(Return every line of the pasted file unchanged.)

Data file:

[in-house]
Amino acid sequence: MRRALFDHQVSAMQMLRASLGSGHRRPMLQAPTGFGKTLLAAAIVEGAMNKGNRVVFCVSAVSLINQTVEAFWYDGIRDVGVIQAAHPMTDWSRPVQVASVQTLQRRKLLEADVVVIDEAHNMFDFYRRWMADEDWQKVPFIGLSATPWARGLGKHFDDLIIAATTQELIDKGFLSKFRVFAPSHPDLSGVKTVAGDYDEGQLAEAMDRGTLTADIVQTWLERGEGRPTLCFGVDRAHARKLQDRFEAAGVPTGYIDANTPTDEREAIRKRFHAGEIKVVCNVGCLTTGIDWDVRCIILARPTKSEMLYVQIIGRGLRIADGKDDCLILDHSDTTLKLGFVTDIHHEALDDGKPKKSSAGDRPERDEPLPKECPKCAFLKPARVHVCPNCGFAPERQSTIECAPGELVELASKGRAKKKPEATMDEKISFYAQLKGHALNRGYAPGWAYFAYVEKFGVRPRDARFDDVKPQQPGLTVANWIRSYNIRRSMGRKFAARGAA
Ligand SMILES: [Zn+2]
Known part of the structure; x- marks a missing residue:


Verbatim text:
[in-house]
Amino acid sequence: MRRALFDHQVSAMQMLRASLGSGHRRPMLQAPTGFGKTLLAAAIVEGAMNKGNRVVFCVSAVSLINQTVEAFWYDGIRDVGVIQAAHPMTDWSRPVQVASVQTLQRRKLLEADVVVIDEAHNMFDFYRRWMADEDWQKVPFIGLSATPWARGLGKHFDDLIIAATTQELIDKGFLSKFRVFAPSHPDLSGVKTVAGDYDEGQLAEAMDRGTLTADIVQTWLERGEGRPTLCFGVDRAHARKLQDRFEAAGVPTGYIDANTPTDEREAIRKRFHAGEIKVVCNVGCLTTGIDWDVRCIILARPTKSEMLYVQIIGRGLRIADGKDDCLILDHSDTTLKLGFVTDIHHEALDDGKPKKSSAGDRPERDEPLPKECPKCAFLKPARVHVCPNCGFAPERQSTIECAPGELVELASKGRAKKKPEATMDEKISFYAQLKGHALNRGYAPGWAYFAYVEKFGVRPRDARFDDVKPQQPGLTVANWIRSYNIRRSMGRKFAARGAA
Ligand SMILES: [Zn+2]
Known part of the structure; x- marks a missing residue: